Oracle promises AI everywhere at Cloudworld 2024

Integrated across the Fusion Suite

Tom Allen
clock • 6 min read
Oracle promises AI everywhere at Cloudworld 2024

Oracle Cloudworld 2024 was all about AI and customer service - with an acknowledgement that Oracle hasn't always been known for the latter.

On a sunny Thursday last week, we made our way to London's ExCel Centre for Oracle Cloudworld 2024, the company's annual local conference.

AI, predictably enough, featured heavily on the banners, promotional materials and partners' stands, as well as the keynote speech by EVP of corporate operations Doug Kehring (notably not UK country lead Siobhan Wilson, though she was at the event).

"Technology by itself is no longer enough," he told the assembled partners, customers and journalists. "Rather, it's the value the technology can deliver as a part of a broader transformation."

His analogy - "the technology is like a[n F1] car" - was an unsubtle nod to the Oracle Red Bull Racing team, but not an inaccurate analogy. Business tech, like an F1 car, is nearly identical no matter who is driving it; differentiation comes in training, analytics and support.

Image: Tom Allen

"It's not just the technology itself, but rather what you do with it that ultimately creates value."

That's when Kehring – with a few eye-roll-worthy jabs at competitors' products – introduced Oracle AI (OAI), which it plans to integrate across its product portfolio (at no extra cost – we checked).

"It's not an afterthought. AI for us is embedded from the start... Oracle AI is built into all of our enterprise products."

AI across apps

Oracle AI, we learned later in the day, will be embedded across the Oracle Fusion Cloud Applications Suite, meaning it will cover ERP, HCM, SCM and CX tools.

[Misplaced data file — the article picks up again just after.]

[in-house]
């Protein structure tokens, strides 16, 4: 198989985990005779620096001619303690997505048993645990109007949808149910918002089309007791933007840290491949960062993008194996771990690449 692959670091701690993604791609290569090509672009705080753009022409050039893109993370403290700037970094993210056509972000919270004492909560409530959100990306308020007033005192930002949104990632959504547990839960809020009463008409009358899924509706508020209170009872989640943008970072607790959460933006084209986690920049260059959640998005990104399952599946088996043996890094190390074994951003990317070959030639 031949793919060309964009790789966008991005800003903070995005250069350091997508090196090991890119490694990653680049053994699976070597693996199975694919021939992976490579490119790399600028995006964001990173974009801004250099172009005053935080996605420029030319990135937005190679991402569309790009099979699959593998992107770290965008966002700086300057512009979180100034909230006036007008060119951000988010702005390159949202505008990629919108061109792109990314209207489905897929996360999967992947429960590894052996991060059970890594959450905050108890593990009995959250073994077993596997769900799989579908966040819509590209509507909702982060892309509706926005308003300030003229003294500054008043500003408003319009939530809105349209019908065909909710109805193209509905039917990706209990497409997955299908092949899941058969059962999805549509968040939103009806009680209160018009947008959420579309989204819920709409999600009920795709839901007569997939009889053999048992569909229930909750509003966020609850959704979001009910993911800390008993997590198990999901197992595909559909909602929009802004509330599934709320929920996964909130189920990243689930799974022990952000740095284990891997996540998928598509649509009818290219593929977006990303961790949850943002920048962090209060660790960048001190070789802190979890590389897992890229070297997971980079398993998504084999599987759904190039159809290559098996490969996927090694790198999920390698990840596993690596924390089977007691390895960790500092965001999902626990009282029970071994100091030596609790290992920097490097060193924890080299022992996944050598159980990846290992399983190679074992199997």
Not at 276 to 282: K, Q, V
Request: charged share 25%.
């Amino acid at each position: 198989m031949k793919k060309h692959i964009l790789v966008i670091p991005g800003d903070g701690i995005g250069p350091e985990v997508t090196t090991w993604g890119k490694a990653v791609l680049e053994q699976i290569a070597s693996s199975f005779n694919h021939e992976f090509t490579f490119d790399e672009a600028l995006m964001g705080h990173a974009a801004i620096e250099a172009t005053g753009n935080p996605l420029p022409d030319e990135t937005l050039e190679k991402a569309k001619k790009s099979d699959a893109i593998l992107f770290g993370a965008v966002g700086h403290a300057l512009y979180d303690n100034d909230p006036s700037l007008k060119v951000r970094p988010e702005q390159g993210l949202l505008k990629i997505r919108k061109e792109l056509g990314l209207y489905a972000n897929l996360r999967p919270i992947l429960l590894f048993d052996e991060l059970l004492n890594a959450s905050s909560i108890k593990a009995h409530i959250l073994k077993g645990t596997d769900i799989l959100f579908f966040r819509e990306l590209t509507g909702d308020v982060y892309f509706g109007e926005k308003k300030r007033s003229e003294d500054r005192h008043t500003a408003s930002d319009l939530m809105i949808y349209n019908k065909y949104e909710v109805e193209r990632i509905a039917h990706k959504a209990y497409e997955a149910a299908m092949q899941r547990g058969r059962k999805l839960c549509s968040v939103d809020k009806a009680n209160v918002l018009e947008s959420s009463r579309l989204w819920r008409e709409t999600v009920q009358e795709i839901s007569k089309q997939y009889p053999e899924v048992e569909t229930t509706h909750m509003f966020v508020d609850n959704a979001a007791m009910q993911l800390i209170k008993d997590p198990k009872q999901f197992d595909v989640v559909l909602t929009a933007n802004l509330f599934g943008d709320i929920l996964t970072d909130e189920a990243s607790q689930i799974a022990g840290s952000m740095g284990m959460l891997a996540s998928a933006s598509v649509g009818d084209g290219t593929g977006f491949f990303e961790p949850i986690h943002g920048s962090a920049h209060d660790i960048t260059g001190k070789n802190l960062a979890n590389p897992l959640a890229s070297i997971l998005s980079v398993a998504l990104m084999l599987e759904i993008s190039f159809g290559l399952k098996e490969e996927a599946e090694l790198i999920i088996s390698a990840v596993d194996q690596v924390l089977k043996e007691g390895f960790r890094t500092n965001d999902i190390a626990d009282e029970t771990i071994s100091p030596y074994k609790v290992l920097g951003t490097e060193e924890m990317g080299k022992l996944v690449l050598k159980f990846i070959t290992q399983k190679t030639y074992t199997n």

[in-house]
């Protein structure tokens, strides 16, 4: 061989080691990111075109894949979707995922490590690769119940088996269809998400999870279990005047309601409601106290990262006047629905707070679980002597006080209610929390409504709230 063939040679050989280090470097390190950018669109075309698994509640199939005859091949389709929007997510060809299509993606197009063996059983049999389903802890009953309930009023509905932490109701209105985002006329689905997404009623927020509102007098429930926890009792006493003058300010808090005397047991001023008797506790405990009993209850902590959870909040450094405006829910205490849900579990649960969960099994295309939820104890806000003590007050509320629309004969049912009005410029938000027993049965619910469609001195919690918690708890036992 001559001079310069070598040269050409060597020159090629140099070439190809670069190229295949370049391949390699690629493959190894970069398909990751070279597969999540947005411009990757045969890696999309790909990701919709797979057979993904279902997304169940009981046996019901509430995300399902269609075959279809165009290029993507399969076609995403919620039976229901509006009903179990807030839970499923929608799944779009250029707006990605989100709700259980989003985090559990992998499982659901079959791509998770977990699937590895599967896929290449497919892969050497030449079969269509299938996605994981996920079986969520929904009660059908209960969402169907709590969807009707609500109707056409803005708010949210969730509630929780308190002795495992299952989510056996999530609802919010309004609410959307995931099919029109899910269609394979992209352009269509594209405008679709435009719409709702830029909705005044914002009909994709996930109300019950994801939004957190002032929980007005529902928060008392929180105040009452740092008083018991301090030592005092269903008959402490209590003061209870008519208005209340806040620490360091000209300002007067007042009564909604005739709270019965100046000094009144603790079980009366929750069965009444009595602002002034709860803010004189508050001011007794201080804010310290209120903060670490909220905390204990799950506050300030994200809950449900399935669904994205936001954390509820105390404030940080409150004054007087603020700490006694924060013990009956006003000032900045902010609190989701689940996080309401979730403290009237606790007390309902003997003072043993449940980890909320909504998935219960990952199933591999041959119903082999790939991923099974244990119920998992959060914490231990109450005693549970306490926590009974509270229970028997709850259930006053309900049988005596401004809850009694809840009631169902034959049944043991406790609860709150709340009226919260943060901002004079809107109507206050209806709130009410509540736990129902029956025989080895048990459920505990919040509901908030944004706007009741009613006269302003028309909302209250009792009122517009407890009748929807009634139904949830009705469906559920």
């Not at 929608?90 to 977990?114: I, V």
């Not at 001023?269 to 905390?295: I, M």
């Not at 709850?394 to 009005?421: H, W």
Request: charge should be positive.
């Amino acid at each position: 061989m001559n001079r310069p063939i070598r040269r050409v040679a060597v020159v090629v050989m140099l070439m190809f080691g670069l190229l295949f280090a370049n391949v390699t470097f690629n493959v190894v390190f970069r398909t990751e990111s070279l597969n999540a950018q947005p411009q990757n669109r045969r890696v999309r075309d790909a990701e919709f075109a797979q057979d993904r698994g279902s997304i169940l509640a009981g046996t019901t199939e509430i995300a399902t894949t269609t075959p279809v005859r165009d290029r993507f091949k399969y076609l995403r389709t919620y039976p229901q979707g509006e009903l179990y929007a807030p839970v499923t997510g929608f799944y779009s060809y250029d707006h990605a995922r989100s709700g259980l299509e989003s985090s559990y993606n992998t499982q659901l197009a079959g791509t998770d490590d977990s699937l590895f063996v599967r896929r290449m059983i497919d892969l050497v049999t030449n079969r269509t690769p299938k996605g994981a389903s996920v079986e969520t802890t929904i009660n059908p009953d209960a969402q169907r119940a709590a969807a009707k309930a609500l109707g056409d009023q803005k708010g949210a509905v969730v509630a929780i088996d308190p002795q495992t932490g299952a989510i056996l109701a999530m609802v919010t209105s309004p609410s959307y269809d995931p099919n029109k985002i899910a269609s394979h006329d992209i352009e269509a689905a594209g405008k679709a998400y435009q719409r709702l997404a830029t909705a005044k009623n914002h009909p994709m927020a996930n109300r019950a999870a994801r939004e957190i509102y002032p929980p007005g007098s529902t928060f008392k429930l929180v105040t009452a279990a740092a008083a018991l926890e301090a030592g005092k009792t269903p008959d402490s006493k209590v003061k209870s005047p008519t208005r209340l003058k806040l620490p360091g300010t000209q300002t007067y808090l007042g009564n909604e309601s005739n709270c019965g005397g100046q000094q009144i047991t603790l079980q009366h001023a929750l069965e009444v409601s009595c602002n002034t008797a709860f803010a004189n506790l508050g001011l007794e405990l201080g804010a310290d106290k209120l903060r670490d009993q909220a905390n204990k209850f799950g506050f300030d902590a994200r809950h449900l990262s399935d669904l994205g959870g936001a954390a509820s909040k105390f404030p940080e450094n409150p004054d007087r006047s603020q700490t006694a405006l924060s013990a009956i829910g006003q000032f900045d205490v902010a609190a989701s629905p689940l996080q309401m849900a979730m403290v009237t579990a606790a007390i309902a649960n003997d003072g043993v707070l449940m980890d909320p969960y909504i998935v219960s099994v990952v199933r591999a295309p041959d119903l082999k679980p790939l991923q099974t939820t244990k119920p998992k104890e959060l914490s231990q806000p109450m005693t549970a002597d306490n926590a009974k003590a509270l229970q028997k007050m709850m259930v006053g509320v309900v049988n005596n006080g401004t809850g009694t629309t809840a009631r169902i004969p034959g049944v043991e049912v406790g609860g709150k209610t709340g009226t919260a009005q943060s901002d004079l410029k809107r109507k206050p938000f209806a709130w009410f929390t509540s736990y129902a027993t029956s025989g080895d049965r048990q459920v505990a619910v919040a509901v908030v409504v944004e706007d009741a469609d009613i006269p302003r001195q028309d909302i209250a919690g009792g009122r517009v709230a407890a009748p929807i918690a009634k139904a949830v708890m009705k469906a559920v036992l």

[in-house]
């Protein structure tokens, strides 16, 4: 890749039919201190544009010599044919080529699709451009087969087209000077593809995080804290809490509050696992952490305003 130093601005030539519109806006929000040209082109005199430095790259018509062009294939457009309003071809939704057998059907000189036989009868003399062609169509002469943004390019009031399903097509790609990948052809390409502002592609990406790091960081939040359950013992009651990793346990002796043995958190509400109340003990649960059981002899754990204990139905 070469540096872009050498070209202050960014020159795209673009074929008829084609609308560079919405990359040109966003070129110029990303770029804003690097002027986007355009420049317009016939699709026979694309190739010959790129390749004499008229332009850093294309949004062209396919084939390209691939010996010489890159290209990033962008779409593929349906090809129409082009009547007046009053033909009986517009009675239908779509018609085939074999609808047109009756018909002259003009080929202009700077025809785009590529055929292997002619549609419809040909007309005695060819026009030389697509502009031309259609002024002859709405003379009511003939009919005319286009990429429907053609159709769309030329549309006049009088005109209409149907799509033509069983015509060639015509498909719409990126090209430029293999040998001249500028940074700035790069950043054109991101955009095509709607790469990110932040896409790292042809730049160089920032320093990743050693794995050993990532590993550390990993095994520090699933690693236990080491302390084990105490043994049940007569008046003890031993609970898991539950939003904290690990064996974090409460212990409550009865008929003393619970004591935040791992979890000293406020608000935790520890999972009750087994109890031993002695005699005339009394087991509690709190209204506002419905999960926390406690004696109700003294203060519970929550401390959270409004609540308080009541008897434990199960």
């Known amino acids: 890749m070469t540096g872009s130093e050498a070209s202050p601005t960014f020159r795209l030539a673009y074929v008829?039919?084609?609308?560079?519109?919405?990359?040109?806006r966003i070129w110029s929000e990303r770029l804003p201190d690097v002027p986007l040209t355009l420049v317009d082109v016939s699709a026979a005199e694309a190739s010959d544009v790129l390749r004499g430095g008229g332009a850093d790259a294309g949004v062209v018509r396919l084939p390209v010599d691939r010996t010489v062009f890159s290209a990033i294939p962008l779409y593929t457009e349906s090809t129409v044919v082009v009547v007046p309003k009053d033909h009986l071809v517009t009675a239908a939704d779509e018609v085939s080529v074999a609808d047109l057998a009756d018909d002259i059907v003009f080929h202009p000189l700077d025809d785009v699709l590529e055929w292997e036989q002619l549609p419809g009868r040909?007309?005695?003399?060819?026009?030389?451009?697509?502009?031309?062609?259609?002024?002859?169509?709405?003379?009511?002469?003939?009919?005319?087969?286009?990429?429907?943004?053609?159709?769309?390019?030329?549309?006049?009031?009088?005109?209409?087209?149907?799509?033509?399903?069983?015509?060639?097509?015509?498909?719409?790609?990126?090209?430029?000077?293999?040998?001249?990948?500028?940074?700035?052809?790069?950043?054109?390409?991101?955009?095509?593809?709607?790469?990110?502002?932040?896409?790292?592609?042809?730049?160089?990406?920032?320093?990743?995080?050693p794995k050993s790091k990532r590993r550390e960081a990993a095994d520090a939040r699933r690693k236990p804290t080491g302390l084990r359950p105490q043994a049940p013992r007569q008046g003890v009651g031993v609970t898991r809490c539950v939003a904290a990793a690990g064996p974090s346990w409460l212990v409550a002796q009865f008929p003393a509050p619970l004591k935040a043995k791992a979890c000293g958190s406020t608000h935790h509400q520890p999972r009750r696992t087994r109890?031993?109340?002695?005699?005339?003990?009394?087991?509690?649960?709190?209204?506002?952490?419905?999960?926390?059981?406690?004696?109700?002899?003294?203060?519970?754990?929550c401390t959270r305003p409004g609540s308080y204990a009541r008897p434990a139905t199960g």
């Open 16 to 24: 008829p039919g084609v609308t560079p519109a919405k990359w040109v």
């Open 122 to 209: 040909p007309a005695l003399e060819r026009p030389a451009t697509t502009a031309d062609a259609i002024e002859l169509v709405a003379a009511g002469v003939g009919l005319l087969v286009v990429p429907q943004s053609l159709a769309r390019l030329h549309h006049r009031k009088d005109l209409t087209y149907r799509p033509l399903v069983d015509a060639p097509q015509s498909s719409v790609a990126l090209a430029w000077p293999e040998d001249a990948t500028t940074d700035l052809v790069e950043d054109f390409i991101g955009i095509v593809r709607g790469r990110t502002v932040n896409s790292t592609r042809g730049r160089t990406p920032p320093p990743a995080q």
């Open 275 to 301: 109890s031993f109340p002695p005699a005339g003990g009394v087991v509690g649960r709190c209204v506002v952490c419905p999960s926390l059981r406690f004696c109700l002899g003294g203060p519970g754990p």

Generative AI has been in the news this year for controversies around the use of copyrighted or private data for training. Kehring stressed that that won't be the case with OAI.

"[Your data] is the data that informs your AI and is unique to your business. Today's LLMs provide an incredible amount of knowledge...but they don't know how your business works. With Oracle AI, you get the best of both worlds."

In practice, this means OAI will use an LLM trained on public data; but it will also ingest your own company's data to answer questions about your specific business or use case.

Oracle told us no customer data is shared with LLM providers or other customers, and the only entity that can use your custom models is you.

In an example, Kehring talked about a retailer asking how to increase demand ahead of a peak season and receiving recommendations based on "all the information [Oracle AI] knows about your history, holiday selling and customer interactions."

It's an enticing prospect, and we're keen to see how it works in practice. Oracle certainly needs a win to get back into the industry's good books after the last few years, and that was key to the next announcement

All about customers

Image: Tom Allen

"Technology by itself isn't enough – it requires us to put our customers at the heart of everything we do. And I don't know about you, but I'm not sure of the last time Oracle and a heart were shown together," Kehring said, tacitly acknowledging the tension between the company and its customers.

Oracle Customer Success Services (CSS) is a new(ish – it was officially launched last year) organisation aiming to help customers derive value from the company's technologies.

Oracle's growth-by-acquisition model has not helped matters in recent years, with Kehring admitting that customers found it "difficult to navigate Oracle." In an attempt to change that, CSS will act as "a single point of accountability" without "silos of assistance."

Even customers who work through partners like Accenture or Deloitte will touch CSS in some capacity, as the new organisation works with Oracle's partners to provide tools and training.

More than 13,000 people work in CSS already, and the organisation works with customers from the planning to operation stages.

Customers voice support

Image: Tom Allen

As is traditional at vendor conferences, local big-name customers joined Kehring on stage to share their positive experiences, starting with Nick Griffin, crown representative at the Cabinet Office.